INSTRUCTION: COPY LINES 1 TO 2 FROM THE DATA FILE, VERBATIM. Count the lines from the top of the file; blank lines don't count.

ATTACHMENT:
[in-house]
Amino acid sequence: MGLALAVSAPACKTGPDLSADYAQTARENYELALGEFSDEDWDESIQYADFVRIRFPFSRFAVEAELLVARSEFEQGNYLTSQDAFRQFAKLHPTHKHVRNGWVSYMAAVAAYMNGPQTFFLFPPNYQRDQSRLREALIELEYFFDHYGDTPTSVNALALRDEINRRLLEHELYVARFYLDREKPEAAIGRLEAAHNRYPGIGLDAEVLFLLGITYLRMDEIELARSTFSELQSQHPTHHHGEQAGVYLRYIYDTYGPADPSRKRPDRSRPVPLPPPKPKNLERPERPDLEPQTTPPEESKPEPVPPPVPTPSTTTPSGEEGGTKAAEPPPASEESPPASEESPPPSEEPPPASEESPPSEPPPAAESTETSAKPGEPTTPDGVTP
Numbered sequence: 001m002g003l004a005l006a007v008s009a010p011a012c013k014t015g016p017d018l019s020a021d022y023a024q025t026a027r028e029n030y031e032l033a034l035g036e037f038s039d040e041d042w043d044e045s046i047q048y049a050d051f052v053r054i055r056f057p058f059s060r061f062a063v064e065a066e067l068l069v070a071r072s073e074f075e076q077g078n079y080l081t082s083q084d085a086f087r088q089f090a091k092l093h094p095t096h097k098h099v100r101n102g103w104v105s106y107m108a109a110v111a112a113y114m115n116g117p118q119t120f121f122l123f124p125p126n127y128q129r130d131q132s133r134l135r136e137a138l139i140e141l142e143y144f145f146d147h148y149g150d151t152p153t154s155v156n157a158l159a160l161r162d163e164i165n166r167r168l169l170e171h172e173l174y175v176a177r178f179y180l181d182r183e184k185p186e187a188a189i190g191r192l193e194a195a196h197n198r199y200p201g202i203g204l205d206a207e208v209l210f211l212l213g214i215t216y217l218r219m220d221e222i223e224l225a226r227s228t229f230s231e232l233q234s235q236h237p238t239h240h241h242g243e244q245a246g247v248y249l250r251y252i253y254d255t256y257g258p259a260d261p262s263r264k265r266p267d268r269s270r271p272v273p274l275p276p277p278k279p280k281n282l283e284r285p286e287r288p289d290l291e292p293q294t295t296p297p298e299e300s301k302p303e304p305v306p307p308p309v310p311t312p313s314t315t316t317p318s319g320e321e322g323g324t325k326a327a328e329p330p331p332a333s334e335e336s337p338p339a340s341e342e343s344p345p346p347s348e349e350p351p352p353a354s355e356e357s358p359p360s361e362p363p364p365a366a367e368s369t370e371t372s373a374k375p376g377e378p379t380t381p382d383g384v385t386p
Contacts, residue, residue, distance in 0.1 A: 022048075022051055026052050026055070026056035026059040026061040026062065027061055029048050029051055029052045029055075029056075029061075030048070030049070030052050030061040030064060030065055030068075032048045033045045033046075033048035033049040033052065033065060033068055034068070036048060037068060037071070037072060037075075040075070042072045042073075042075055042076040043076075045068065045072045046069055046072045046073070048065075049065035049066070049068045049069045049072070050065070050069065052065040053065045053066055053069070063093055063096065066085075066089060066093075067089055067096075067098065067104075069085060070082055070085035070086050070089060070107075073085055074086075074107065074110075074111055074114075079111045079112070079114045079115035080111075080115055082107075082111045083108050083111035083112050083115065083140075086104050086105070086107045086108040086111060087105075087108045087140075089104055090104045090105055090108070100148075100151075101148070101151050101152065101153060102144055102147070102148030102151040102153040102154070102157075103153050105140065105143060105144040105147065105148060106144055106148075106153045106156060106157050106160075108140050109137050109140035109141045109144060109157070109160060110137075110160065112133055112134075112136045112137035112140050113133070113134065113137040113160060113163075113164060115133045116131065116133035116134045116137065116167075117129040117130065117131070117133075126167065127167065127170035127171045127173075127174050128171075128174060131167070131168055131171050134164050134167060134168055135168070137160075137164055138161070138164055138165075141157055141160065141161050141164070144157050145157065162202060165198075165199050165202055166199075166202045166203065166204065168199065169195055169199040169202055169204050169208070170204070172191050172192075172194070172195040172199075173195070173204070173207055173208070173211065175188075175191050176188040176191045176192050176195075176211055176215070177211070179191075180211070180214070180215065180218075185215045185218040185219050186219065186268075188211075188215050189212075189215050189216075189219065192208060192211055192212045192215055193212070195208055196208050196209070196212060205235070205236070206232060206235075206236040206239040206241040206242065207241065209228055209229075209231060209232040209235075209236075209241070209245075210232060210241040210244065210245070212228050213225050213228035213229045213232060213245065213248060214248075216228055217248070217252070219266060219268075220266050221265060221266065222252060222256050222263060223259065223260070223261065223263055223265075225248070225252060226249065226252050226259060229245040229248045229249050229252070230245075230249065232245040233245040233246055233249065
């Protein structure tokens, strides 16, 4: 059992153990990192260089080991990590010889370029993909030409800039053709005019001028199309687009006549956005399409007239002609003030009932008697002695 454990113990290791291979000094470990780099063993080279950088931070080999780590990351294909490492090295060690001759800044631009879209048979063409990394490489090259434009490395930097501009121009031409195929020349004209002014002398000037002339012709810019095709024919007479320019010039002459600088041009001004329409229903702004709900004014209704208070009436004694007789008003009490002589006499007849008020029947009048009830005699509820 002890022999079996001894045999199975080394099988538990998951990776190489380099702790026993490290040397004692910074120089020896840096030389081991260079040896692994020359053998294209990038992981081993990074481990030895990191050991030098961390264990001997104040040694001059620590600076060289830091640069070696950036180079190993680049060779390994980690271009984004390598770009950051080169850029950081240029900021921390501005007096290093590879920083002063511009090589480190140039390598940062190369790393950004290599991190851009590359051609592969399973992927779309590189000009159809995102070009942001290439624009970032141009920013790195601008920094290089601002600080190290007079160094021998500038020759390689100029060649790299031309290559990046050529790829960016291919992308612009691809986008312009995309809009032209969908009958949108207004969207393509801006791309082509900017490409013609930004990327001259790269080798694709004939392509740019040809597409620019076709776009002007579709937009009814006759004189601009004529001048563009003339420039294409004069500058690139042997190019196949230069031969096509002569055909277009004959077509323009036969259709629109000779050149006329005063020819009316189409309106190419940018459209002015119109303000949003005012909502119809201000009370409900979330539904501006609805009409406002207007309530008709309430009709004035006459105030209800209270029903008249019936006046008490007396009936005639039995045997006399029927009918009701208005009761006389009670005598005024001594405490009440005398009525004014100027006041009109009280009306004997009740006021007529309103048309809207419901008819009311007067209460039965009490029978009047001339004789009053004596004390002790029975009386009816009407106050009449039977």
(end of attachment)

[in-house]
Amino acid sequence: MGLALAVSAPACKTGPDLSADYAQTARENYELALGEFSDEDWDESIQYADFVRIRFPFSRFAVEAELLVARSEFEQGNYLTSQDAFRQFAKLHPTHKHVRNGWVSYMAAVAAYMNGPQTFFLFPPNYQRDQSRLREALIELEYFFDHYGDTPTSVNALALRDEINRRLLEHELYVARFYLDREKPEAAIGRLEAAHNRYPGIGLDAEVLFLLGITYLRMDEIELARSTFSELQSQHPTHHHGEQAGVYLRYIYDTYGPADPSRKRPDRSRPVPLPPPKPKNLERPERPDLEPQTTPPEESKPEPVPPPVPTPSTTTPSGEEGGTKAAEPPPASEESPPASEESPPPSEEPPPASEESPPSEPPPAAESTETSAKPGEPTTPDGVTP